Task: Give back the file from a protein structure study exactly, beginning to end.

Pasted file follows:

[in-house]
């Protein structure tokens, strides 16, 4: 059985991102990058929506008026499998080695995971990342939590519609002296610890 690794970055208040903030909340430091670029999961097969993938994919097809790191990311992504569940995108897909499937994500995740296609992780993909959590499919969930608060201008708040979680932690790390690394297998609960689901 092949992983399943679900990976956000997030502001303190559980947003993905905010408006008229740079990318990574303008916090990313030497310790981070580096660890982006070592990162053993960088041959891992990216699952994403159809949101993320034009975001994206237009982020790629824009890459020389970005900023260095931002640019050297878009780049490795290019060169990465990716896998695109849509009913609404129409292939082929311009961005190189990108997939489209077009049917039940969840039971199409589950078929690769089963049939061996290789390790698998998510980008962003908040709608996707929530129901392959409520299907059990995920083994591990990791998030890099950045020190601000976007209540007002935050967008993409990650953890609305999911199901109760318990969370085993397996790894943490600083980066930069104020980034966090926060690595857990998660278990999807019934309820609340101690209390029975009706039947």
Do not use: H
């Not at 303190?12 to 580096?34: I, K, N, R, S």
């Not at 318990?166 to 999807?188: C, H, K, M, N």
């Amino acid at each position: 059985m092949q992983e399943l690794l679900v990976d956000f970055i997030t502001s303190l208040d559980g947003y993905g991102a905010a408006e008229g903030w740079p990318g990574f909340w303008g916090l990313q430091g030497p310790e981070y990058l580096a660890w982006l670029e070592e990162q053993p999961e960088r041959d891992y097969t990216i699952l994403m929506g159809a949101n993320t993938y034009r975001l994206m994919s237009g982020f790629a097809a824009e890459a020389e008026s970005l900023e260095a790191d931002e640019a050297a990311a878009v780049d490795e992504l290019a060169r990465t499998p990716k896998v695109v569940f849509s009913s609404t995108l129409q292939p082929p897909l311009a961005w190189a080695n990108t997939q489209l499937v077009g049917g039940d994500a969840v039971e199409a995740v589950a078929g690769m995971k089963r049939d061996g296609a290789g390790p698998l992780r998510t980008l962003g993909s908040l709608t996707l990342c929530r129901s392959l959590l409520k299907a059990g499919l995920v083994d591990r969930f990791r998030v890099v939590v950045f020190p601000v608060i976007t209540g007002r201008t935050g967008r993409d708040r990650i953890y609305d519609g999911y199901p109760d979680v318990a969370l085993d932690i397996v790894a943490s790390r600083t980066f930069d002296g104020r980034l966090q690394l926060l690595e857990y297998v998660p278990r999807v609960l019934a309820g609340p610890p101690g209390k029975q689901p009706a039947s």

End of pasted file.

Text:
[in-house]
């Protein structure tokens, strides 16, 4: 059985991102990058929506008026499998080695995971990342939590519609002296610890 690794970055208040903030909340430091670029999961097969993938994919097809790191990311992504569940995108897909499937994500995740296609992780993909959590499919969930608060201008708040979680932690790390690394297998609960689901 092949992983399943679900990976956000997030502001303190559980947003993905905010408006008229740079990318990574303008916090990313030497310790981070580096660890982006070592990162053993960088041959891992990216699952994403159809949101993320034009975001994206237009982020790629824009890459020389970005900023260095931002640019050297878009780049490795290019060169990465990716896998695109849509009913609404129409292939082929311009961005190189990108997939489209077009049917039940969840039971199409589950078929690769089963049939061996290789390790698998998510980008962003908040709608996707929530129901392959409520299907059990995920083994591990990791998030890099950045020190601000976007209540007002935050967008993409990650953890609305999911199901109760318990969370085993397996790894943490600083980066930069104020980034966090926060690595857990998660278990999807019934309820609340101690209390029975009706039947």
Do not use: H
């Not at 303190?12 to 580096?34: I, K, N, R, S």
């Not at 318990?166 to 999807?188: C, H, K, M, N």
């Amino acid at each position: 059985m092949q992983e399943l690794l679900v990976d956000f970055i997030t502001s303190l208040d559980g947003y993905g991102a905010a408006e008229g903030w740079p990318g990574f909340w303008g916090l990313q430091g030497p310790e981070y990058l580096a660890w982006l670029e070592e990162q053993p999961e960088r041959d891992y097969t990216i699952l994403m929506g159809a949101n993320t993938y034009r975001l994206m994919s237009g982020f790629a097809a824009e890459a020389e008026s970005l900023e260095a790191d931002e640019a050297a990311a878009v780049d490795e992504l290019a060169r990465t499998p990716k896998v695109v569940f849509s009913s609404t995108l129409q292939p082929p897909l311009a961005w190189a080695n990108t997939q489209l499937v077009g049917g039940d994500a969840v039971e199409a995740v589950a078929g690769m995971k089963r049939d061996g296609a290789g390790p698998l992780r998510t980008l962003g993909s908040l709608t996707l990342c929530r129901s392959l959590l409520k299907a059990g499919l995920v083994d591990r969930f990791r998030v890099v939590v950045f020190p601000v608060i976007t209540g007002r201008t935050g967008r993409d708040r990650i953890y609305d519609g999911y199901p109760d979680v318990a969370l085993d932690i397996v790894a943490s790390r600083t980066f930069d002296g104020r980034l966090q690394l926060l690595e857990y297998v998660p278990r999807v609960l019934a309820g609340p610890p101690g209390k029975q689901p009706a039947s």